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Corporate America: Saving the Twinkie but Not the Workers
No, I am not kidding. Steven Davidoff has a DealBook column touting the fact that Hostess Twinkies are likely to survive as a product, even though the company that makes them has gone bankrupt. The Twinkie brand, along with other iconic brands owned by the company, will be sold off in bankruptcy to other companies who expect to be able to profitably market them. Of course there is no guarantee that they will restart the old factories and rehire the Hostess workers, likely leaving them out in the cold.
There are two major issues here. First, in the United States firms can in general fire workers at will. This means that if they can find workers elsewhere in or outside the country who will work for less, then they can dump their current workforce and higher lower cost labor. This happens all the time. Most other wealthy countries require some sort of severance payment to longer term workers, but the United States does not.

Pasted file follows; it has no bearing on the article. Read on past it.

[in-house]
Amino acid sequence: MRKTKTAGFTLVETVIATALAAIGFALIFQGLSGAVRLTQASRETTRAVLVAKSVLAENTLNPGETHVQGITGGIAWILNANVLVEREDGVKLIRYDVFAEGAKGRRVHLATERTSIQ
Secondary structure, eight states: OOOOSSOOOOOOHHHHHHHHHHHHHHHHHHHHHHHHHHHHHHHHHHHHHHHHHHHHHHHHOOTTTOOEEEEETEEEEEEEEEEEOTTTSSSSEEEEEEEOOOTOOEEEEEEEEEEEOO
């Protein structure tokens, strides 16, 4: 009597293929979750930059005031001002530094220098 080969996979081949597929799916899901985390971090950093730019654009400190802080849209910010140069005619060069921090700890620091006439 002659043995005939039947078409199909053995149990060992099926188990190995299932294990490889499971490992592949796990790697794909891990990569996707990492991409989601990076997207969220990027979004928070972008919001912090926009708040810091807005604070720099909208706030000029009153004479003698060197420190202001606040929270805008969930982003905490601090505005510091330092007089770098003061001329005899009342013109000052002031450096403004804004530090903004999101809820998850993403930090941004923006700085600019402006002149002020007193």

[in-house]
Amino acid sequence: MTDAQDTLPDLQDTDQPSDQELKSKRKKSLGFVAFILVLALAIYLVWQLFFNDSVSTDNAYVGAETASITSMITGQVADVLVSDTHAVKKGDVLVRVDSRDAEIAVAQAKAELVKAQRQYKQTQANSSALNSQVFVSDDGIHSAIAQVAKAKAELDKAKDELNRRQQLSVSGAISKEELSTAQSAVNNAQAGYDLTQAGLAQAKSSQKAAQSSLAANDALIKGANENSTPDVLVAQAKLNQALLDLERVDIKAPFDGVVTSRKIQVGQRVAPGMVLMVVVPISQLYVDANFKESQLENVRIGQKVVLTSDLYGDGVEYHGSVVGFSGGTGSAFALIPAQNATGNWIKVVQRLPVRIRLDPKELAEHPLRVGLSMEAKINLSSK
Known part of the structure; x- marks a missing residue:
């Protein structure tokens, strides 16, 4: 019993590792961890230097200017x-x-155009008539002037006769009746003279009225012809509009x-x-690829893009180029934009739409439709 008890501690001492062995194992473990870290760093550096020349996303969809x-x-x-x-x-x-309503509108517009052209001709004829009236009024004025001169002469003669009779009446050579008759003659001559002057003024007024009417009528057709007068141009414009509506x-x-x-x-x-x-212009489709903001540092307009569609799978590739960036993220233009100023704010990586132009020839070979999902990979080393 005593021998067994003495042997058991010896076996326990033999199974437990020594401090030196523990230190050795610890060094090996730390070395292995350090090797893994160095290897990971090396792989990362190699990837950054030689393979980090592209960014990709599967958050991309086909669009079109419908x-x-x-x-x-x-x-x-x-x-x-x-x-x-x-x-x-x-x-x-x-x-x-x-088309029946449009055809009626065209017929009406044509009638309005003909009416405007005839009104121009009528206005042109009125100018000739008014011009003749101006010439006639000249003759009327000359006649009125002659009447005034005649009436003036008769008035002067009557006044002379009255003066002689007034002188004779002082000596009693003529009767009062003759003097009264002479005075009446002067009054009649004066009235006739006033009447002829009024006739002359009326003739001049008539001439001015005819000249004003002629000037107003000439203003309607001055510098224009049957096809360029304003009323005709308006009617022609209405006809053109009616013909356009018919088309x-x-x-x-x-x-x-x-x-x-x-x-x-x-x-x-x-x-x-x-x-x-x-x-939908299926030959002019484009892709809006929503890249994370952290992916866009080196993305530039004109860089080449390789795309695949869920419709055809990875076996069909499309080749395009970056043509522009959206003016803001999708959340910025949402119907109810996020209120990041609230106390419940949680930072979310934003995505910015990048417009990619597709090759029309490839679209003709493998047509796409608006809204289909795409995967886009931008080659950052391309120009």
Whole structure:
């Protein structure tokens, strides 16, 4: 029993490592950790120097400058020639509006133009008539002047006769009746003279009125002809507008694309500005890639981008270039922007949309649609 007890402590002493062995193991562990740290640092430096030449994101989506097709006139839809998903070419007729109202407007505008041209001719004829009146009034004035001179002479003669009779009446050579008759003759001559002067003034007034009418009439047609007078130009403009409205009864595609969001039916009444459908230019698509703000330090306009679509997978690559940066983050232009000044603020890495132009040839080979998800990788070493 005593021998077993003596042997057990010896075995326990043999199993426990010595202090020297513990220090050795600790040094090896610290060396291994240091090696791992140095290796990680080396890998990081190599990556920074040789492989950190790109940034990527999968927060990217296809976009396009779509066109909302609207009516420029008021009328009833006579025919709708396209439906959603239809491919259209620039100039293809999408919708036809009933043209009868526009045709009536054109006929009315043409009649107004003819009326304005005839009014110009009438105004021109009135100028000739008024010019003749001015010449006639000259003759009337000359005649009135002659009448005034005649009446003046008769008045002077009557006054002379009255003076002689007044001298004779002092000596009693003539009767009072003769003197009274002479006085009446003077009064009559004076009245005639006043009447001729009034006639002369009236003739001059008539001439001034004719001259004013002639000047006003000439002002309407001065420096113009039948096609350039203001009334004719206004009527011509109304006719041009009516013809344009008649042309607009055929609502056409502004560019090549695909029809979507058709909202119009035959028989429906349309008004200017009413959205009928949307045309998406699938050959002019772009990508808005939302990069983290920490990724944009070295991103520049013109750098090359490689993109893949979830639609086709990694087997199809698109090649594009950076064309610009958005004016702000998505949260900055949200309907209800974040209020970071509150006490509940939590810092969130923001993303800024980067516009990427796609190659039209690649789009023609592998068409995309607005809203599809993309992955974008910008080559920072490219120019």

Bankruptcy only changes the picture in this respect in cases where you have union contracts, which was the situation with Hostess. Bankruptcy voids these contracts allowing the company to change terms of employment and discharge workers in ways that would have prohibited under the union contract.
The other issue with bankruptcy is that it eliminates the company's pension obligations. While pensions are guaranteed by the government, the guarantee is not 100 percent. This means that a bankrupt company can leave many workers with sharply reduced pensions. In principle the pension is supposed to be a privileged creditor, standing at the front of the line to get the proceeds from the sale of Twinkies and other brands. However, it doesn't always work out this way. It remains to be seen what the situation will be with Hostess.